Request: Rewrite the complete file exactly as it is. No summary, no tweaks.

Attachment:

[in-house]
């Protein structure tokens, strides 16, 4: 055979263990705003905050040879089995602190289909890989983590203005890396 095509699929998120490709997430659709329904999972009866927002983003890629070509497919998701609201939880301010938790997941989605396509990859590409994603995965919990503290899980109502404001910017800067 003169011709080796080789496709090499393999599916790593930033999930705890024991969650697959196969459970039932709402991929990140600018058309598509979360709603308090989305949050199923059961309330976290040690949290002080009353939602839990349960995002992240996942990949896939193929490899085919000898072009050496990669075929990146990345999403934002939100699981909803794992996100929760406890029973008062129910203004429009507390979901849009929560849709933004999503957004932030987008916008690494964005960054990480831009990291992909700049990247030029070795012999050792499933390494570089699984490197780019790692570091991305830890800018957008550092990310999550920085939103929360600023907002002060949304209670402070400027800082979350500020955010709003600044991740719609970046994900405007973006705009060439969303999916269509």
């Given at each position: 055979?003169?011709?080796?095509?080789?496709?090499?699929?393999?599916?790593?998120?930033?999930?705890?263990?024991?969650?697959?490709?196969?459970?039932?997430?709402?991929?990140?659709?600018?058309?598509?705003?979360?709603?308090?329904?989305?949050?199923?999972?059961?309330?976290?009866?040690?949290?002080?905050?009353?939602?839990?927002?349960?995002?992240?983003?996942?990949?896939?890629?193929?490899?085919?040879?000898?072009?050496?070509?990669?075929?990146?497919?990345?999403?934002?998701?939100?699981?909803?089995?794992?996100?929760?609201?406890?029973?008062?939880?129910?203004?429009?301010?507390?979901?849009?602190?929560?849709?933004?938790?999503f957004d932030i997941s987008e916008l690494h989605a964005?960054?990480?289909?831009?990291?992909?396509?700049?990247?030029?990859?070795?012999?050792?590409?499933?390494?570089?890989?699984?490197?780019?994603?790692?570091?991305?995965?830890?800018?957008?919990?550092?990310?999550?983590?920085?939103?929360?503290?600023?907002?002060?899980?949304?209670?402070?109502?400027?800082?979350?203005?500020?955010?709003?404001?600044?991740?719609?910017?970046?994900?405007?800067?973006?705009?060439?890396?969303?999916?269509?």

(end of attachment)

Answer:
[in-house]
């Protein structure tokens, strides 16, 4: 055979263990705003905050040879089995602190289909890989983590203005890396 095509699929998120490709997430659709329904999972009866927002983003890629070509497919998701609201939880301010938790997941989605396509990859590409994603995965919990503290899980109502404001910017800067 003169011709080796080789496709090499393999599916790593930033999930705890024991969650697959196969459970039932709402991929990140600018058309598509979360709603308090989305949050199923059961309330976290040690949290002080009353939602839990349960995002992240996942990949896939193929490899085919000898072009050496990669075929990146990345999403934002939100699981909803794992996100929760406890029973008062129910203004429009507390979901849009929560849709933004999503957004932030987008916008690494964005960054990480831009990291992909700049990247030029070795012999050792499933390494570089699984490197780019790692570091991305830890800018957008550092990310999550920085939103929360600023907002002060949304209670402070400027800082979350500020955010709003600044991740719609970046994900405007973006705009060439969303999916269509």
């Given at each position: 055979?003169?011709?080796?095509?080789?496709?090499?699929?393999?599916?790593?998120?930033?999930?705890?263990?024991?969650?697959?490709?196969?459970?039932?997430?709402?991929?990140?659709?600018?058309?598509?705003?979360?709603?308090?329904?989305?949050?199923?999972?059961?309330?976290?009866?040690?949290?002080?905050?009353?939602?839990?927002?349960?995002?992240?983003?996942?990949?896939?890629?193929?490899?085919?040879?000898?072009?050496?070509?990669?075929?990146?497919?990345?999403?934002?998701?939100?699981?909803?089995?794992?996100?929760?609201?406890?029973?008062?939880?129910?203004?429009?301010?507390?979901?849009?602190?929560?849709?933004?938790?999503f957004d932030i997941s987008e916008l690494h989605a964005?960054?990480?289909?831009?990291?992909?396509?700049?990247?030029?990859?070795?012999?050792?590409?499933?390494?570089?890989?699984?490197?780019?994603?790692?570091?991305?995965?830890?800018?957008?919990?550092?990310?999550?983590?920085?939103?929360?503290?600023?907002?002060?899980?949304?209670?402070?109502?400027?800082?979350?203005?500020?955010?709003?404001?600044?991740?719609?910017?970046?994900?405007?800067?973006?705009?060439?890396?969303?999916?269509?």